Visualising sport : A theory and practice of dramatic construction and cinematic form.

HARRILD, Anthony E. (2000). Visualising sport : A theory and practice of dramatic construction and cinematic form. Doctoral, Sheffield Hallam University (United Kingdom)..

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Abstract

Between 1982 and 1991, I made twenty-five film/video productions involving sporting themes. These include both dramas and documentaries; popular action films for peak-time broadcasting and minutely researched specialised works. I am the only film director to have been official programme maker for the Union of European Football Associations, the International Federation of Football Associations and the International Olympic Committee. These organisations control the three largest television sporting-events. In order of popularity, they are: The World Cup, The Olympics and The European Football Championships. I was commissioned by them to produce distinctive works with an individual voice. These ranged from historical analyses to personal views on matters of record. These productions have enabled me to evolve and articulate a clear conception of sporting visualisation. The programmes have been broadcast, released theatrically and sold on video. They achieved world-wide distribution and most have been dubbed into eight languages. They exist as research tools in sporting archives and have been extensively used as source material for broadcasters. The films are analytical within the specialist traditions of sports journalism, they are not "live broadcasts" and all contain original material.The programmes of record have either been produced by a "dedicated film unit" able to acquire unique material (copyrighted images) or in collaboration with the host broadcasters offering additional camera positions and support from all "unmixed camera feeds". The archival productions have involved major picture research world-wide that has unearthed material thought to have been lost or not previously known to exist. Exhaustive research into newly discovered material has proved official records wrong and has proved that accepted filmed material has been incomplete or partially falsified. All the productions have been extensively authenticated. This body of work is an example of research through practice into dramatic construction and cinematic form within a particular genre.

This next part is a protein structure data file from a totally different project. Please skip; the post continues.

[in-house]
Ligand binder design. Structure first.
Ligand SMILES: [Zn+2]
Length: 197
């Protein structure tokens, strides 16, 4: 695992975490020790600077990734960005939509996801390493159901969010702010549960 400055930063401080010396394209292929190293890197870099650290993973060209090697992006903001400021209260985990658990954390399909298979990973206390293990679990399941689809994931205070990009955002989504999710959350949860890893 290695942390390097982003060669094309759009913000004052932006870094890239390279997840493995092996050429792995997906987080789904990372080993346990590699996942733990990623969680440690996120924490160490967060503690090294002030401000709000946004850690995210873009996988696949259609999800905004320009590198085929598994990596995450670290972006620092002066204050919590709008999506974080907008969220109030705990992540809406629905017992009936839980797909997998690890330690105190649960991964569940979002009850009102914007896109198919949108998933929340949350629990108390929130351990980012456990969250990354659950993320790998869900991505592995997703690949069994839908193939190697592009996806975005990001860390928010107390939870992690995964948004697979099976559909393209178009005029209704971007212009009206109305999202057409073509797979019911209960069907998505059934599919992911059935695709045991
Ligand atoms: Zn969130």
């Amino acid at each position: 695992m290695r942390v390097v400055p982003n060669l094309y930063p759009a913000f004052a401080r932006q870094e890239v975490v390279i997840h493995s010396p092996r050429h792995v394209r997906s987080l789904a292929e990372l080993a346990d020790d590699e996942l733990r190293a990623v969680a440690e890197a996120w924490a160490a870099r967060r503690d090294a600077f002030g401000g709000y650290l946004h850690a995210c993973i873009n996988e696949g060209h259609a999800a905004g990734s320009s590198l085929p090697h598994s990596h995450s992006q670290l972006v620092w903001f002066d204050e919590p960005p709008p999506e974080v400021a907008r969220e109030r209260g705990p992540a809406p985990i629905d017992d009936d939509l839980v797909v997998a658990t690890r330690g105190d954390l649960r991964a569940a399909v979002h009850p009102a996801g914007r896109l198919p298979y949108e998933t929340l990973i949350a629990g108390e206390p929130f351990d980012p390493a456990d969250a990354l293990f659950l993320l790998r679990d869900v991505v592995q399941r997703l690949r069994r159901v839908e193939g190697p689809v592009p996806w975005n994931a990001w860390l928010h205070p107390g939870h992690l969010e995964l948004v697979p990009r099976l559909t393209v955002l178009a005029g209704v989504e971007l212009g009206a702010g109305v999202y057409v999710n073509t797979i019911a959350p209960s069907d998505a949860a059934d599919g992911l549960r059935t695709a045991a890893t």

Item Type: Thesis (Doctoral)
Additional Information: Thesis (Ph.D.)--Sheffield Hallam University (United Kingdom), 2000.
Research Institute, Centre or Group: Sheffield Hallam Doctoral Theses
Depositing User: EPrints Services
Date Deposited: 10 Apr 2018 17:20
Last Modified: 14 May 2018 09:09
URI: http://shura.shu.ac.uk/id/eprint/19757

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